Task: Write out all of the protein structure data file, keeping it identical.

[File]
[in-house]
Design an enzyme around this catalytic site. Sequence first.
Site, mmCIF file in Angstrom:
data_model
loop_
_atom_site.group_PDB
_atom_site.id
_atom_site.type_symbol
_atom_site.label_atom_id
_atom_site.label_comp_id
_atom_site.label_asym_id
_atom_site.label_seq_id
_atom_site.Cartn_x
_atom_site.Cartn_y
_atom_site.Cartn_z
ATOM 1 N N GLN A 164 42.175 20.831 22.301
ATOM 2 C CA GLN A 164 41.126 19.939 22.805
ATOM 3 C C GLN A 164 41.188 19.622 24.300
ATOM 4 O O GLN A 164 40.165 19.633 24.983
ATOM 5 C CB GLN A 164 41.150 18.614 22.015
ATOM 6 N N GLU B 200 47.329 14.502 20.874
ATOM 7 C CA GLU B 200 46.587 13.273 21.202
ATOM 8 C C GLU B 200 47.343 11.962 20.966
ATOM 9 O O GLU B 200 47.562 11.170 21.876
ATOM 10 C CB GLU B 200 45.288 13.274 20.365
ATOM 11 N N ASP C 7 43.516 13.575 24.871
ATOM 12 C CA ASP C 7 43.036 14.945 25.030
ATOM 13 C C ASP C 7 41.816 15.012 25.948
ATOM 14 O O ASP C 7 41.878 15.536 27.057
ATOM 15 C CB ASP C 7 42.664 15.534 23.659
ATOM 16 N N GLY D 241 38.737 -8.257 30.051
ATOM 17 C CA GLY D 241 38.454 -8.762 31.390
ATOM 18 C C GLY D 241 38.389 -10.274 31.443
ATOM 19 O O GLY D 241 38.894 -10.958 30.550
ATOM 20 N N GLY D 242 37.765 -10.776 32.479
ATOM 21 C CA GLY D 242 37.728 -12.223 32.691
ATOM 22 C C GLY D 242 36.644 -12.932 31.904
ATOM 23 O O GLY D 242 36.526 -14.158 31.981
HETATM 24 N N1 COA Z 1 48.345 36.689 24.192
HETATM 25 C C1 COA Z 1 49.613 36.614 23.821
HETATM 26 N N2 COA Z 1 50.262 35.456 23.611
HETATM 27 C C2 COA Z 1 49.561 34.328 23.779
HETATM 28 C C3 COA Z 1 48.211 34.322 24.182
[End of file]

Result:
[in-house]
Design an enzyme around this catalytic site. Sequence first.
Site, mmCIF file in Angstrom:
data_model
loop_
_atom_site.group_PDB
_atom_site.id
_atom_site.type_symbol
_atom_site.label_atom_id
_atom_site.label_comp_id
_atom_site.label_asym_id
_atom_site.label_seq_id
_atom_site.Cartn_x
_atom_site.Cartn_y
_atom_site.Cartn_z
ATOM 1 N N GLN A 164 42.175 20.831 22.301
ATOM 2 C CA GLN A 164 41.126 19.939 22.805
ATOM 3 C C GLN A 164 41.188 19.622 24.300
ATOM 4 O O GLN A 164 40.165 19.633 24.983
ATOM 5 C CB GLN A 164 41.150 18.614 22.015
ATOM 6 N N GLU B 200 47.329 14.502 20.874
ATOM 7 C CA GLU B 200 46.587 13.273 21.202
ATOM 8 C C GLU B 200 47.343 11.962 20.966
ATOM 9 O O GLU B 200 47.562 11.170 21.876
ATOM 10 C CB GLU B 200 45.288 13.274 20.365
ATOM 11 N N ASP C 7 43.516 13.575 24.871
ATOM 12 C CA ASP C 7 43.036 14.945 25.030
ATOM 13 C C ASP C 7 41.816 15.012 25.948
ATOM 14 O O ASP C 7 41.878 15.536 27.057
ATOM 15 C CB ASP C 7 42.664 15.534 23.659
ATOM 16 N N GLY D 241 38.737 -8.257 30.051
ATOM 17 C CA GLY D 241 38.454 -8.762 31.390
ATOM 18 C C GLY D 241 38.389 -10.274 31.443
ATOM 19 O O GLY D 241 38.894 -10.958 30.550
ATOM 20 N N GLY D 242 37.765 -10.776 32.479
ATOM 21 C CA GLY D 242 37.728 -12.223 32.691
ATOM 22 C C GLY D 242 36.644 -12.932 31.904
ATOM 23 O O GLY D 242 36.526 -14.158 31.981
HETATM 24 N N1 COA Z 1 48.345 36.689 24.192
HETATM 25 C C1 COA Z 1 49.613 36.614 23.821
HETATM 26 N N2 COA Z 1 50.262 35.456 23.611
HETATM 27 C C2 COA Z 1 49.561 34.328 23.779
HETATM 28 C C3 COA Z 1 48.211 34.322 24.182